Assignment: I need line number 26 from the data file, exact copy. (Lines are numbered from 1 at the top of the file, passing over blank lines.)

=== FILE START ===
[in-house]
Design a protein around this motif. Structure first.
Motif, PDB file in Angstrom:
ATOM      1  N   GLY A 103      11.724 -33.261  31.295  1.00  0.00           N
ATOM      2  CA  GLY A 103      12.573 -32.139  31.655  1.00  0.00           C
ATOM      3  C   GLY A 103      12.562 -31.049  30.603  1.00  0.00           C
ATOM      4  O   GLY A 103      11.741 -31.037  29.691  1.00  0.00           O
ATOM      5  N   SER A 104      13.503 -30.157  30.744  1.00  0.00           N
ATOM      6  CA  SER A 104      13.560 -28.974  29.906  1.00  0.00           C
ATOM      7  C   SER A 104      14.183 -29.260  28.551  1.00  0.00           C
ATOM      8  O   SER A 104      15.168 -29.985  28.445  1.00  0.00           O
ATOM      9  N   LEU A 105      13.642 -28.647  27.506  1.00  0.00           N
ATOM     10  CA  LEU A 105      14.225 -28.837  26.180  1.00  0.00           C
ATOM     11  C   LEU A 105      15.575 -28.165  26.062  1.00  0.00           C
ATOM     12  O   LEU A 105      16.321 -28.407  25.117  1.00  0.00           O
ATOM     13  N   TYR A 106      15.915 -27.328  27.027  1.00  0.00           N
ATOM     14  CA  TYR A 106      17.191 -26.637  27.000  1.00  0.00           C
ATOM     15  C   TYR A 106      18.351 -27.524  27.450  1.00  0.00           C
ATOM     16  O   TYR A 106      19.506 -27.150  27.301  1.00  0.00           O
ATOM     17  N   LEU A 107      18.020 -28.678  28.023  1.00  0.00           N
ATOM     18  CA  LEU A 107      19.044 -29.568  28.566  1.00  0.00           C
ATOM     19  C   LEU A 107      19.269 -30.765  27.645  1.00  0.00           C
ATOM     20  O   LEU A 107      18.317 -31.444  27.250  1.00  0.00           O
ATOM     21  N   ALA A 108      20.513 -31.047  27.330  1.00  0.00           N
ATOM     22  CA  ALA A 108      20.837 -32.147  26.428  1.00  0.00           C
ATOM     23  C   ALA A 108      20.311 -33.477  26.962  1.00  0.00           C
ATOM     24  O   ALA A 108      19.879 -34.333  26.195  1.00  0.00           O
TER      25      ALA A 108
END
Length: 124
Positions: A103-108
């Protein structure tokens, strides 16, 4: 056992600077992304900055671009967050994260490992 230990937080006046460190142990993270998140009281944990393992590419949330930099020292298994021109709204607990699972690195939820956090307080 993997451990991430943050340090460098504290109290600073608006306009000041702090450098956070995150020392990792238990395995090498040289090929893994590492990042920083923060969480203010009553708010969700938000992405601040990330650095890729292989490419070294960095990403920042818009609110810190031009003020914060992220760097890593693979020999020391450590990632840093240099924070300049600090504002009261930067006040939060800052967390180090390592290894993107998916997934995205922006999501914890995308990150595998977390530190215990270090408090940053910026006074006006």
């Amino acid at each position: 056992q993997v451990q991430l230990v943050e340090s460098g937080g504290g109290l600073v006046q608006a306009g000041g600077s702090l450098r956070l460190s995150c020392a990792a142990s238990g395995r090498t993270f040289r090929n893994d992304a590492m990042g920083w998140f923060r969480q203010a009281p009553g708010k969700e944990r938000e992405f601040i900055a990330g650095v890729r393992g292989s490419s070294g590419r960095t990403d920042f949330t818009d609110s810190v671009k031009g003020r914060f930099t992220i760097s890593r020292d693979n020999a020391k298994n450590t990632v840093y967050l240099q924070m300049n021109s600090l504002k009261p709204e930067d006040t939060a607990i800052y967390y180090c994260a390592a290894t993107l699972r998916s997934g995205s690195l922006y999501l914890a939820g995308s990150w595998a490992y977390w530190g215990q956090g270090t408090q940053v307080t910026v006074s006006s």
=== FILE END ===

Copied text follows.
ATOM     23  C   ALA A 108      20.311 -33.477  26.962  1.00  0.00           C